The purpose of this paper is to examine how the location of a firm’s headquarters and component sourcing impact a firm’s responsiveness in a product-harm crisis in local market.
The authors collected data on 1,251 vehicle recalls from 12 manufacturers, six in the USA, three in Germany, and three in Japan. All of the recalls occurred in the USA between 2002 and 2010. The time the product was first released into the marketplace was used as the starting point while the time the recall was initiated (if at all) was used to record the probability of the product recall over time. Specifically, a survival analysis with an accelerated failure time model was employed to examine the speed with which a product is recalled. The authors examined the impact of foreign composition using information provided by the American Automobile Labeling Act, which lists the proportion of each vehicle that is composed of domestic parts (USA/Canada) and foreign parts. Organizational characteristics (i.e. size, market share, assets, net income, and reputation) and recall size (i.e. number of affected vehicles) that might have an effect on time to recall were controlled for.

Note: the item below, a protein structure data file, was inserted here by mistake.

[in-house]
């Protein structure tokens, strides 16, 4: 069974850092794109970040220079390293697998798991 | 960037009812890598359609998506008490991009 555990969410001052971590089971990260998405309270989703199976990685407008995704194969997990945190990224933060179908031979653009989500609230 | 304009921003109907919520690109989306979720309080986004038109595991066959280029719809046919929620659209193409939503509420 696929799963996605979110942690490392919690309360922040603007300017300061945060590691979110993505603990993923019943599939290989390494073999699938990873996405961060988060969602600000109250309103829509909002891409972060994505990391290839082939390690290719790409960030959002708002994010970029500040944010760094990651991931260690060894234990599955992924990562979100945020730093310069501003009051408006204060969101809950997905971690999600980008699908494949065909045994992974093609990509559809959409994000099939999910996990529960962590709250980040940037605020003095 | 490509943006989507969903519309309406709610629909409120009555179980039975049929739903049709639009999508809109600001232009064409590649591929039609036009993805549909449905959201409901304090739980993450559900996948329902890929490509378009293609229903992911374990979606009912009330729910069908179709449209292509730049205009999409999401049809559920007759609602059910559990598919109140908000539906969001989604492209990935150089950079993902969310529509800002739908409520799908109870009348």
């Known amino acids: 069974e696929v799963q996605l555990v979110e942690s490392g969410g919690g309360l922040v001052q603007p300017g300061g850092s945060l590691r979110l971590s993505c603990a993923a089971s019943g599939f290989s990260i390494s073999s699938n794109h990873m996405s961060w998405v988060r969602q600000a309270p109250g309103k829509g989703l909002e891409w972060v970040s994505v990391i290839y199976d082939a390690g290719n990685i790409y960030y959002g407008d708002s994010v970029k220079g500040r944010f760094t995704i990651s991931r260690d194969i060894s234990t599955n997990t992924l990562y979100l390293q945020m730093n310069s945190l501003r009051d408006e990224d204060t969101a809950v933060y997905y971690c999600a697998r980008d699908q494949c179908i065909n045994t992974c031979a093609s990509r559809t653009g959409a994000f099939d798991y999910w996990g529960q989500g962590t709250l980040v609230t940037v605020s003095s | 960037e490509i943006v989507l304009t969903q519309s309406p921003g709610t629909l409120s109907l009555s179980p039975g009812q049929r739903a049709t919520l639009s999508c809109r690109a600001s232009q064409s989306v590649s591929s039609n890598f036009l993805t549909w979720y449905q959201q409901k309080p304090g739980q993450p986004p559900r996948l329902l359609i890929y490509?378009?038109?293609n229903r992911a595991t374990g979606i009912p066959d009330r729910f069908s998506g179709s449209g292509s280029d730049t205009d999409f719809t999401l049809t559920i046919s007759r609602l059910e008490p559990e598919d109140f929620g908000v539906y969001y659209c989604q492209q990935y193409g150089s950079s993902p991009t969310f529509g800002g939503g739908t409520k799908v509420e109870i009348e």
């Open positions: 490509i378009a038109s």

The authors found that firms headquartered outside the local market would take longer to issue a product recall than firms that were headquartered in the local market. Firm headquartered outside the local market can reduce the time taken to recall by sourcing parts from the local marketplace, rather than from abroad. Interestingly, even local firms are affected by the location of component sourcing, such that they take longer to issue a recall if they sourced parts from abroad.
Research in international marketing has examined the benefits of integration to firms, but has not studied the risks of integration. By highlighting the challenges of managing institutional differences and integration difficulties, the authors show that location of headquarters and the location from where components are sourced have an effect on firm responsiveness in product-harm crises. Further, the authors build on the global supply chain management literature that has shown the effect of upstream activities (i.e. foreign production) on downstream activities (i.e. product quality). Specifically, the authors show that upstream activities can not only affect product quality, but also the ability of firms to respond to those product qualities in a timely fashion.
Majid, K.A. and Bapuji, H. (2018), "Institutional differences and integration difficulties: How location of headquarters and component sourcing affect firm responsiveness", International Marketing Review, Vol. 35 No. 5, pp. 850-868. https://doi.org/10.1108/IMR-02-2016-0050Download as .RIS
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